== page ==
Several analytical tests reveal the severity of specific impurities, and indicate the likelihood of other contaminants being present in drinking water. For example, low pH, a measure of the acidity of water, may lead to corrosion of plumbing and water supply, such as copper and lead, which may dissolve and reach unhealthy levels in drinking water. In addition, high nitrate levels usually indicate contamination by drainage which may convey other harmful pollutants, such as pesticides, into drinking water supplies. It is a good idea to conduct regular testing, as often as annually, for the following:
Borehole water testing should preferably be after a rainy period, but can be conducted year round. When considering the purchase of a new home, at the very least, these tests should be performed on the existing drinking water supply. Banks may require these and/or additional tests before approving a loan.
Source: SMI Analytical
Water quality testing is a basic requirement for maintaining healthy water supplies. Municipality water should be tested at least daily at various points in the supply line, from water storage dams to public water tanks. The public is forced to trust that regular testing of potable water supplies is taking place. Borehole water is often assumed to be ‘pure’ but this is not the case! Apart from the usual human sources of contamination, groundwater can be naturally contaminated- naturally occurring arsenic may even be present. Water storage facilities such as water tanks can also be a source of contamination, for example: synthetic liners in the water tanks may begin to break down after recommended service life has been reached. Animals such as rats may also have access to water tanks that have open inspection lids. Rainwater may be quite pure before it reaches the ground but should you want to drink harvested rain water off your roof, it must be adequately sterilized and purified (dust, leaves and other debris mixes with the water in the gutters). Water Rhapsody’s rainwater harvesting systems incorporate special rainrunner device that separates the larger particles before the water is directed to your water tank. Water tanks are core to many of our water systems; Water Rhapsody consultants are trained to assess the type, size and number of water tanks required (free quote! CONTACT US).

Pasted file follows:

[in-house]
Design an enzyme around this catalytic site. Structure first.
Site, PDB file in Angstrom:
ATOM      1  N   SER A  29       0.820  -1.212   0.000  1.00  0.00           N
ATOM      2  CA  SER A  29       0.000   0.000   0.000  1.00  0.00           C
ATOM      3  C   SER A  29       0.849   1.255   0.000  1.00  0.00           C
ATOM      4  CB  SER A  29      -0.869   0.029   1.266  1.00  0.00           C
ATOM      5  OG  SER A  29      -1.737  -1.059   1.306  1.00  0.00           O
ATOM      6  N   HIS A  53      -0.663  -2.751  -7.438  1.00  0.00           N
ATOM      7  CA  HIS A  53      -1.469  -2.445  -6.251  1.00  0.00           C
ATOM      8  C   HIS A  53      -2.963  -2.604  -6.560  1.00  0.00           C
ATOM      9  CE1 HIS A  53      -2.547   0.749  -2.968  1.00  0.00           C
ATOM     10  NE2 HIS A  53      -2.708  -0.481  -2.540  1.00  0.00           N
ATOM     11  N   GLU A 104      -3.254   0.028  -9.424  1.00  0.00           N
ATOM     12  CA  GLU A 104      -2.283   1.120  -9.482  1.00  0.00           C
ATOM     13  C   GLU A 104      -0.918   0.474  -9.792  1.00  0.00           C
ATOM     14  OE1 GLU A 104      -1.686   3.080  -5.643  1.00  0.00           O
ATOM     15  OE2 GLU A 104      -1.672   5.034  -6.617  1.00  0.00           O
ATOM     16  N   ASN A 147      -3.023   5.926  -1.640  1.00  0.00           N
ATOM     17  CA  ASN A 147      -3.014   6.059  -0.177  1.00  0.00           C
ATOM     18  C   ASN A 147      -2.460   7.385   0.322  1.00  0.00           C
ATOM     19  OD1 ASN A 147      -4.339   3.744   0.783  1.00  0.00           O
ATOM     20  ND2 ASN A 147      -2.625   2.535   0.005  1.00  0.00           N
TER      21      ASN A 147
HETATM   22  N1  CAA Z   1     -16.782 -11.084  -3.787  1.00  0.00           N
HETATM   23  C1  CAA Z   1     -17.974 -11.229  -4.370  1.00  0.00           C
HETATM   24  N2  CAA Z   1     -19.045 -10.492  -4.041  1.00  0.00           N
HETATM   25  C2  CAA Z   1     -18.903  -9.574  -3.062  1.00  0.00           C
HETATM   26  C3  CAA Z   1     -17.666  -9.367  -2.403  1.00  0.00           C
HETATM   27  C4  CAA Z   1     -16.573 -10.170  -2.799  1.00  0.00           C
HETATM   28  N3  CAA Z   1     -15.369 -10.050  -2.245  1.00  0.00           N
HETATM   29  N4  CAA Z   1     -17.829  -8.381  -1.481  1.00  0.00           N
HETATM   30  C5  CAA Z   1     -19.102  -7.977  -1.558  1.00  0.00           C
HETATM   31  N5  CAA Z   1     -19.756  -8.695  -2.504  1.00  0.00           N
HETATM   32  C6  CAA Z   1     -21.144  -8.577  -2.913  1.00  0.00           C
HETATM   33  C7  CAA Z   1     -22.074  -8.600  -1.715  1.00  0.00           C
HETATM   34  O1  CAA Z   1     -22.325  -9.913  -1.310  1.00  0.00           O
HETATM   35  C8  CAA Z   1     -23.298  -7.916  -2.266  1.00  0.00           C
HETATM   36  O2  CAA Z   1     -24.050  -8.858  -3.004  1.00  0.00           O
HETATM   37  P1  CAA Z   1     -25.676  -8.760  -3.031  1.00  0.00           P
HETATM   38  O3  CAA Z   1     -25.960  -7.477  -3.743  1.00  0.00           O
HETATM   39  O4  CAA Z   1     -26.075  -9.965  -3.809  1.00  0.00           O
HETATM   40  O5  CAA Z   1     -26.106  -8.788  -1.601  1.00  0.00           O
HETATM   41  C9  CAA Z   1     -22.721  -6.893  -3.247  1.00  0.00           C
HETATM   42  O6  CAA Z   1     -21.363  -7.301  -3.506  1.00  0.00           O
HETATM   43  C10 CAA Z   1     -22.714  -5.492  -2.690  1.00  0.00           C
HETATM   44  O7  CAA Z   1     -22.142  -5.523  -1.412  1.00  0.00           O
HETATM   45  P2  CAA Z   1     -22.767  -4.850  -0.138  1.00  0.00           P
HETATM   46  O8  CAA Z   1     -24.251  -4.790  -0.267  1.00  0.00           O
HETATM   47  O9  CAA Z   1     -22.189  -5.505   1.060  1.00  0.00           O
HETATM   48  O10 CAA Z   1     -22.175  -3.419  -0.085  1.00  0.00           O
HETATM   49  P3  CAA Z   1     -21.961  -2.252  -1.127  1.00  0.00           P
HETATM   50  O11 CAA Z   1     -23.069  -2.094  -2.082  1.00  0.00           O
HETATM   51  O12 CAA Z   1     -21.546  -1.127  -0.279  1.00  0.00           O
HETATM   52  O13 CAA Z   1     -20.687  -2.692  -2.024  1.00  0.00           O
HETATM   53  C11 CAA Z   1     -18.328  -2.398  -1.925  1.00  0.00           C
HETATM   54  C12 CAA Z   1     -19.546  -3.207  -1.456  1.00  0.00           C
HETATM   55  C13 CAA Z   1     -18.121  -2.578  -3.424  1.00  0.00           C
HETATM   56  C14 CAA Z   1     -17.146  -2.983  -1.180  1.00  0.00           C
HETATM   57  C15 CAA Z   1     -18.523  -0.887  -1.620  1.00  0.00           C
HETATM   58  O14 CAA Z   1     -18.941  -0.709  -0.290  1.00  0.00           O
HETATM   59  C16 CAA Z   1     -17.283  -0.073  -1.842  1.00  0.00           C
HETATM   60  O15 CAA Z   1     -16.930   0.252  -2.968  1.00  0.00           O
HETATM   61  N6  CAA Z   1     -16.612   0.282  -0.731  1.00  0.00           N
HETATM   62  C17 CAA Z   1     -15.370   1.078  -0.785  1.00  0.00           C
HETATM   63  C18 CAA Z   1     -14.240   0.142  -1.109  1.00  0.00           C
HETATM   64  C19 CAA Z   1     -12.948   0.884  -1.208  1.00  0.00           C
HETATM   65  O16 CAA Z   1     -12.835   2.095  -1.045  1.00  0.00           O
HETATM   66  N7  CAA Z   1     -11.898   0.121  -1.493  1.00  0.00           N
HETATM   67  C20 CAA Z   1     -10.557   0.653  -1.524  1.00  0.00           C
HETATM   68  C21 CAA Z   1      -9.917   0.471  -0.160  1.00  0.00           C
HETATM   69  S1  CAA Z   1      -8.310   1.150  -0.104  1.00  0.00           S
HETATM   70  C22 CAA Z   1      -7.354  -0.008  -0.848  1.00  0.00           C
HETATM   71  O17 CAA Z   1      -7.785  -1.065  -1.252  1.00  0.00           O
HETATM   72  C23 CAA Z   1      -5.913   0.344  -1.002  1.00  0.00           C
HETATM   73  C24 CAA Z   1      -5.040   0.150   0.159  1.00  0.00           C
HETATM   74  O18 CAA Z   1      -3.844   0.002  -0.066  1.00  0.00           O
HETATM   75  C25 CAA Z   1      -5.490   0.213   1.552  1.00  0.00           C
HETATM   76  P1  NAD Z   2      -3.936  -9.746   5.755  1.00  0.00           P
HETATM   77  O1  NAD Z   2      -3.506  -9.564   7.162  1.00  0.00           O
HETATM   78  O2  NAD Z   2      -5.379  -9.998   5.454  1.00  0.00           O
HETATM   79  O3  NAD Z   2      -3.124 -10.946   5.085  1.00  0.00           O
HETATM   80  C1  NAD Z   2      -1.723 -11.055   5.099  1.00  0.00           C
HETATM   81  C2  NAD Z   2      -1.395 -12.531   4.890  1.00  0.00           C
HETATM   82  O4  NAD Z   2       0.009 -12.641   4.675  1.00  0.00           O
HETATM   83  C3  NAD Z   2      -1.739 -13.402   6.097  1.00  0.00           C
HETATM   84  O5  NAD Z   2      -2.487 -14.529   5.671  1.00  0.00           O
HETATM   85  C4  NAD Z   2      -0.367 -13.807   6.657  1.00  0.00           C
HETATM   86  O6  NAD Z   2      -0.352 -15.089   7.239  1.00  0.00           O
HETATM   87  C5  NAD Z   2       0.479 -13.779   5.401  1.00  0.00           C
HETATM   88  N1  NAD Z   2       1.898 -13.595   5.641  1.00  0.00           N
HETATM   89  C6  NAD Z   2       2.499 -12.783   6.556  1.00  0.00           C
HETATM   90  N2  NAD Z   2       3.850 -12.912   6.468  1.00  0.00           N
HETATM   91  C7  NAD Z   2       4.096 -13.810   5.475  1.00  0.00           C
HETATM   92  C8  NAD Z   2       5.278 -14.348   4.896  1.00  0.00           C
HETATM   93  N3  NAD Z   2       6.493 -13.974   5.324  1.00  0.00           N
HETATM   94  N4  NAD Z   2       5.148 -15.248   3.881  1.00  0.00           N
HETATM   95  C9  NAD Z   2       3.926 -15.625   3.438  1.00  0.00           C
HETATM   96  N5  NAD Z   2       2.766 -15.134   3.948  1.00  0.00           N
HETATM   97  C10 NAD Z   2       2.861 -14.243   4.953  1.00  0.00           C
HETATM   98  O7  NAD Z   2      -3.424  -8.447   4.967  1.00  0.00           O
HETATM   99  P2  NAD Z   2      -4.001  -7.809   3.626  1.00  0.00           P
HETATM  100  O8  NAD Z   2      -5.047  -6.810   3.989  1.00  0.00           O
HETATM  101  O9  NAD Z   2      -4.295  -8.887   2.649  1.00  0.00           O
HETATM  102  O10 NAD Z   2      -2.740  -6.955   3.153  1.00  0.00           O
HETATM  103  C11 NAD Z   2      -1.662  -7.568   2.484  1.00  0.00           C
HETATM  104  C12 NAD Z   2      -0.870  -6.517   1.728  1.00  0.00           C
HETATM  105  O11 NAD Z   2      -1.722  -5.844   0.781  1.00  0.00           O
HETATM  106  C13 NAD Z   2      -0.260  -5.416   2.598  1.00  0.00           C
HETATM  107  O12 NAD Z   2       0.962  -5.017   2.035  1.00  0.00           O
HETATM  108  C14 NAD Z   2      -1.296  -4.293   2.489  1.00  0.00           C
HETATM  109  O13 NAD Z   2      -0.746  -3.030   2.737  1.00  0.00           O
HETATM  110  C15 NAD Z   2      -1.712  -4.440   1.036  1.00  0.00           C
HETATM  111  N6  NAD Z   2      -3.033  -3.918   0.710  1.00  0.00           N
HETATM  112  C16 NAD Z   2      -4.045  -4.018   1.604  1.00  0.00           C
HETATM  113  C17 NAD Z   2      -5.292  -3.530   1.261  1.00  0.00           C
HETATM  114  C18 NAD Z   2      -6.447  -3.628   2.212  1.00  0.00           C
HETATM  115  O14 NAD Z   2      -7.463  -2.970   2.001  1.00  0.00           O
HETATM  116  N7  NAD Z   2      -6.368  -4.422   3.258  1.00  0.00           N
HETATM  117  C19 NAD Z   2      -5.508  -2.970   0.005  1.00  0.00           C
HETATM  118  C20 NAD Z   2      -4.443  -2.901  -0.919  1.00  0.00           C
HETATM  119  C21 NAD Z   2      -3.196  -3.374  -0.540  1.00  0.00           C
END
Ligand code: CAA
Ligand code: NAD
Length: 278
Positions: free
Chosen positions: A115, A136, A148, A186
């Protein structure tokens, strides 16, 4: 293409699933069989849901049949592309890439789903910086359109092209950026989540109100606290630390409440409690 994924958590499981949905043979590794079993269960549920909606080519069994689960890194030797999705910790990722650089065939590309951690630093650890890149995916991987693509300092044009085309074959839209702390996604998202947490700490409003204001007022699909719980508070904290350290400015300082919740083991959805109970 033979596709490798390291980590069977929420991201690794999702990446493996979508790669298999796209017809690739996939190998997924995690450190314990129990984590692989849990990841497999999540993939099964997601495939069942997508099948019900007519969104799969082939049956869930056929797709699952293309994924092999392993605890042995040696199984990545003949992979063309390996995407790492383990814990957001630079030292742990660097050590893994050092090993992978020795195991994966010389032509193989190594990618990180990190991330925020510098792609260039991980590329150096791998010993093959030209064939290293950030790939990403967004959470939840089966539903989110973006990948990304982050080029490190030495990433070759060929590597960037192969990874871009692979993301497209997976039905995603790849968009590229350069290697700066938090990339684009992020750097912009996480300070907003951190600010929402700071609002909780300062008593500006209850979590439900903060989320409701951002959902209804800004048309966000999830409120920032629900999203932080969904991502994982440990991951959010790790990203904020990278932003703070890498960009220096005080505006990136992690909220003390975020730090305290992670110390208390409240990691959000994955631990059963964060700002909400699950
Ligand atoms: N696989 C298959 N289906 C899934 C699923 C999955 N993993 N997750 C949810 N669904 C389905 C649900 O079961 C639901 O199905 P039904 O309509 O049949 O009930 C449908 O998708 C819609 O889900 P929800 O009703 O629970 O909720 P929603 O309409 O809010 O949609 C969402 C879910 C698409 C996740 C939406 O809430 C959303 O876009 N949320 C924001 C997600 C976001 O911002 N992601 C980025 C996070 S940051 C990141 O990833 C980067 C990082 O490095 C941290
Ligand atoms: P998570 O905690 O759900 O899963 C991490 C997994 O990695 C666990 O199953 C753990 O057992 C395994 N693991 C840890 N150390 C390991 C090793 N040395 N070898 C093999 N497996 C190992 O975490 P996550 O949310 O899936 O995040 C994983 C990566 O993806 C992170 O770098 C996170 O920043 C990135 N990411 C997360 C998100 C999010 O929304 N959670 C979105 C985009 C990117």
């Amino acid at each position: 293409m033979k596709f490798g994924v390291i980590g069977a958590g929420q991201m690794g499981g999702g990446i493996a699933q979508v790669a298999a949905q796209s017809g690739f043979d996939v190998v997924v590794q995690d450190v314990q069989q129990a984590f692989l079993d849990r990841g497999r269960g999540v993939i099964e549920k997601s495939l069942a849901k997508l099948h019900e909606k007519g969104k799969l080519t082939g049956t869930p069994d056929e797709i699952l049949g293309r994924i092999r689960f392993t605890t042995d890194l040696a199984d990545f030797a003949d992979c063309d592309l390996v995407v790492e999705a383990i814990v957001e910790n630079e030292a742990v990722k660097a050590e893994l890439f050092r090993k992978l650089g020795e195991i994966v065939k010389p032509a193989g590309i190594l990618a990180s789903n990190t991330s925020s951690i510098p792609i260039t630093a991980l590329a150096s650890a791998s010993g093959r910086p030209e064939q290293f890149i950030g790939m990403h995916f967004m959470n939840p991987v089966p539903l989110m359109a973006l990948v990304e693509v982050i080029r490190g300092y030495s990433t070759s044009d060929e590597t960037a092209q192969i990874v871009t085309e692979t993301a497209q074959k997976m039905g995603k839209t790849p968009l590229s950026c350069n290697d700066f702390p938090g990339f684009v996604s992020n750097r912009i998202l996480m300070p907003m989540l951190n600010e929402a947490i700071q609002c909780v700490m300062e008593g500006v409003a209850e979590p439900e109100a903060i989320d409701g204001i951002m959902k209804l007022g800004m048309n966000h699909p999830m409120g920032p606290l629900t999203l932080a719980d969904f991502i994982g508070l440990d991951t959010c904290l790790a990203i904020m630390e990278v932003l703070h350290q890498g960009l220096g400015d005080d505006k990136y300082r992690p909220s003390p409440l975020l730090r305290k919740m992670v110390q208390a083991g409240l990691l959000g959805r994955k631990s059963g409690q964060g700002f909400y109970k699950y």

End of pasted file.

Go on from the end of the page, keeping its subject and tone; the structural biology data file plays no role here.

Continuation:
Mpumalanga has a few laboratories that can test your water quality. If you live in the Nelspruit/White River area, contact Labserve Analytical Services: Tel: 013 752 4617, email: email@example.com. A few guidelines should be followed when collecting a water sample for testing:
Please do not use milk or mayonnaise bottles.
1. Wash your hands
2. Select a clean bottle of at least 500mL capacity, with a watertight cap
3. Rinse the bottle and lid with boiling water, repeat twice
4. If you are taking the sample from a tap, wipe the tap edges with a tissue, and then pass a flame over the edge 2 – 3 times and run the tap for ± 5 minutes before sampling
5. If you are taking the sample from a borehole, pump the borehole for a while to get rid of any stale water before sampling
6. Rinse the sample bottle with the sample water, repeat twice
7. Fill the bottle with the sample water and cap.
8. For any microbiological analyses, deliver to testing laboratory within 24 hours
9. Keep sample out of direct sunlight
10. Keep sample cool but DO NOT freeze